3D complex facial expression recognition system (3CFER)

Cheng et al. (2016)

The application featured a 3D humanoid with dynamic reactions and a variety of social occasions. The software material included a variety of social settings that may trigger emotion. All content was reviewed by a team of ASD specialists to ensure its appropriateness for children with ASD (26). In addition, the software could generate audio cues of the inquiry to assist players toward a possible response, and it also urged them to discover an appropriate response (26). The 3CFER concept consisted of two phases: first, a social occasion induces an emotion, followed by a circumstance that induces an emotion (26). The 3CFER application can provide instantaneous assessment on the user's correct or incorrect responses.

Anishchenko et al. (2017)

The software developed for tablet PCs was designed to teach face expression recognition and interpretation. It employs a recently developed computer visual algorithm for facial expressive detection that enables estimation of whether the given gesture is suitable or not and guides clients (27). The algorithms are intended to identify unrecognized phrases or Action Unit (AU) states. The purpose of a computer recognition algorithm for a teaching resource is to determine whether the facial expression captured in a photograph reflects a certain recognized emotion (27). The program offers neutral-faced photographs that can be used as a teaching aid; a relatively natural method for estimating intensity is to examine facial point geometric movement proximity (27). The application contains of two phases. First, on the basis of Ekman and Rosenberg's theory, the program includes a collection of photographs for teaching the facial regions associated with six fundamental emotions (happy, surprise, sorrow, fear, disgust, and rage). Secondly, the program can facilitate imitation-based instruction in emotion generation. In the second phase, a snapshot containing a sample is shown on the screen, and the user is instructed to replicate the sample's facial expression before pressing the button for processing (27).


Zhang et al. (2019)

Qunatiandi is a mobile application available on Android and IOS platform which is tool that integrates several scientific proof therapy modalities approved by the National Professional Development Center on Autism Spectrum Disorder (NPDC) with in US (29).

Discrete Trial Training (DTT), Pivotal Response Treatment (PRT), SCERTS, and Positive Behavior Support (PBS) are some evidence-based treatment approaches that available in this application (29). Coaching in Qunatiandi focused on seven areas: (1) educational and social development, (2) behavioral regulation and flexibility, (3) interpersonal development, (4) the potential to read and interpret facial expressions and emotions, (5) effective communication, (6) behavior analysis and assist, and (7) the improvement of play (29). The program was created predicated on Baron-proposed Cohen's Empathizing-Systemizing Theory (E-S Theory), which stated that children with autism generally under average in intellectual and emotional sympathy and normal or maybe over normal in systemizing (29).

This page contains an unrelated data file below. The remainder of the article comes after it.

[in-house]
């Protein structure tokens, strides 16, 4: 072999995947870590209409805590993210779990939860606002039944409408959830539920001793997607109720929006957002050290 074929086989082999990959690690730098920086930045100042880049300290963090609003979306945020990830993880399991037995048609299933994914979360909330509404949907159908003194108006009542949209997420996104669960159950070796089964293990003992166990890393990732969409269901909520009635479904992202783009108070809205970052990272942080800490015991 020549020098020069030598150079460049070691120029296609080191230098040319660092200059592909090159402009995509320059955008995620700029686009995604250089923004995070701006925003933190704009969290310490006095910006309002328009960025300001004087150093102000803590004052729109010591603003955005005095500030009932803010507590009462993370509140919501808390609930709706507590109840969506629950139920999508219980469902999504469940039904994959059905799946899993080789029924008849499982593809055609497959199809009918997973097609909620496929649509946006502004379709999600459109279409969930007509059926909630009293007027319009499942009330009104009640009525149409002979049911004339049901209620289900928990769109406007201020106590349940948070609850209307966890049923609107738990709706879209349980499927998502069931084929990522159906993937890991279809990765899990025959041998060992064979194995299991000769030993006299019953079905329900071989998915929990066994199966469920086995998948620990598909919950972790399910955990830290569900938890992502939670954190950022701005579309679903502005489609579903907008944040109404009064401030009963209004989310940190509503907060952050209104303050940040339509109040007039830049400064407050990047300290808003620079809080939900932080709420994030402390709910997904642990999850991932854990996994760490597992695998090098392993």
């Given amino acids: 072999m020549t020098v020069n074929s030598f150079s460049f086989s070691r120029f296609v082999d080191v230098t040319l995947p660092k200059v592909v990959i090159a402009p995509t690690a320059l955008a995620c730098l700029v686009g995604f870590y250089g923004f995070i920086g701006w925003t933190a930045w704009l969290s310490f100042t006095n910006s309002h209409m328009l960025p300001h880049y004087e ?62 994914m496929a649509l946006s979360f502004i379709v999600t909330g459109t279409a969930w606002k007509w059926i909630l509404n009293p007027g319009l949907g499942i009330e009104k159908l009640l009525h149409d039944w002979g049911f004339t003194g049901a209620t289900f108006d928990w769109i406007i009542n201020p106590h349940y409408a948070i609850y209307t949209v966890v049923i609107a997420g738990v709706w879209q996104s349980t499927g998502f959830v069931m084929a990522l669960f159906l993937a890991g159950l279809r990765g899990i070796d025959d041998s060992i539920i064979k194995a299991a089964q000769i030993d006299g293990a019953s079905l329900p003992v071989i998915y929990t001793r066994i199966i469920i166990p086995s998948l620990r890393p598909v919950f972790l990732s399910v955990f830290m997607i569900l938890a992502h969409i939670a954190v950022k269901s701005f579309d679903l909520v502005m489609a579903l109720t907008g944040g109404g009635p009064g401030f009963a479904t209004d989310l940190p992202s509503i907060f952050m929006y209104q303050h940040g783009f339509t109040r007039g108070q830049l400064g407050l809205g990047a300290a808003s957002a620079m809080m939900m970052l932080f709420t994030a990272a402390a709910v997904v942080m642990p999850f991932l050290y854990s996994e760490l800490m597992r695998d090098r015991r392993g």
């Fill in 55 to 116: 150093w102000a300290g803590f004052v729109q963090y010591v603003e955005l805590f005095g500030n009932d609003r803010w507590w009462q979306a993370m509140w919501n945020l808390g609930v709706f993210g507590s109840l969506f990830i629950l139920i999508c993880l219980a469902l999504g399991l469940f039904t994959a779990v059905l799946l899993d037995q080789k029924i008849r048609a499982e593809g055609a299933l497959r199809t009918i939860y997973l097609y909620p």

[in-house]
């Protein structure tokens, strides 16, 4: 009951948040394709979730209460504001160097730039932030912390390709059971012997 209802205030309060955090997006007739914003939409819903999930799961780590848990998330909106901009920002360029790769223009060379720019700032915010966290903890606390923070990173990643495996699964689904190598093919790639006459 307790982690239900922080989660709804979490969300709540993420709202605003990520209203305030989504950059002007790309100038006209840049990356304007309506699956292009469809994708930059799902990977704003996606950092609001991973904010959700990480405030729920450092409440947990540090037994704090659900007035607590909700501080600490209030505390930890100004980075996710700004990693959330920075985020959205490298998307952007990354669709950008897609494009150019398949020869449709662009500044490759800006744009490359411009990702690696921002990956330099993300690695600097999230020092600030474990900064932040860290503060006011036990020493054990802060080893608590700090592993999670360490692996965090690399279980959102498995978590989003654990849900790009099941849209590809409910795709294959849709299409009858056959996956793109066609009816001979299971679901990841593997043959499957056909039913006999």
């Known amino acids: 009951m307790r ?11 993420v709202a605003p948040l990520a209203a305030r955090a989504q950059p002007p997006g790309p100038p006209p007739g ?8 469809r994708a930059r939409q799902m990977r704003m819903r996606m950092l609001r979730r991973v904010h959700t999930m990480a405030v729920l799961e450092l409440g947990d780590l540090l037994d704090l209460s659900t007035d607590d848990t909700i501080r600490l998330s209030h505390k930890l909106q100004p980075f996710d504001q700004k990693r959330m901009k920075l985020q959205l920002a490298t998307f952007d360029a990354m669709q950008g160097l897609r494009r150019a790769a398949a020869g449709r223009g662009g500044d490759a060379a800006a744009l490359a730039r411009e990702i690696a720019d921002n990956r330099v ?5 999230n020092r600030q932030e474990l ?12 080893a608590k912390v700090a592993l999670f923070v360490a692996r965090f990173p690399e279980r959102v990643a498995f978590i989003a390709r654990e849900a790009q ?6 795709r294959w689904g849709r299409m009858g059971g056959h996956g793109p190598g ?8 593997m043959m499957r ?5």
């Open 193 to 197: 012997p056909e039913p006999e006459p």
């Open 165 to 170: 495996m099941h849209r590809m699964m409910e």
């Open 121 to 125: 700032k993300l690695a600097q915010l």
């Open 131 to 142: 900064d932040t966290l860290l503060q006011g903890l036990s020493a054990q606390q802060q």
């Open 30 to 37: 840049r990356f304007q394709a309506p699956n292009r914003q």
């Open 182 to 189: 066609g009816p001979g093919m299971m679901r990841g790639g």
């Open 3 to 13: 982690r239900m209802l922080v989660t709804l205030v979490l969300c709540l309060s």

Zirkus Empathico

Zoerner et al. (2016)

“Zirkus Empathico” is a smartphone tool that utilizes a comprehensive and ecological approach to educate children's social and emotional skills. The application comprises of four distinct teaching materials focusing on various components of social cognitive, in addition to a feature to adapt the recently acquired behavior into everyday life (30). The first component of the application is the identification and vocalization of one's own feelings, which serves as the foundation for empathetic skills. The second and third modules concentrating on conceptual empathetic training the recognition of other people’s feelings through recorded facial gestures as well as videos displaying the emotion-triggering circumstances (30). The final module focuses on enhancing emotional awareness, as the child required to articulate their emotional responses to the emotions of others. The application facilitates the transmission of ecological video stimulus, such as facial gestures and contextual movies, into daily life. The combining of visual and auditory stimulation elicits larger emotional responses from children compared with photographs alone (30). The concept of the education application is centered on autism-specific behavioral psychotherapy concepts. The application was built to accommodate demands and intellectual abilities of the target audience, and designed to be straightforward and clear, free of extraneous details, and have aspects to keep children's interest and engagement (30).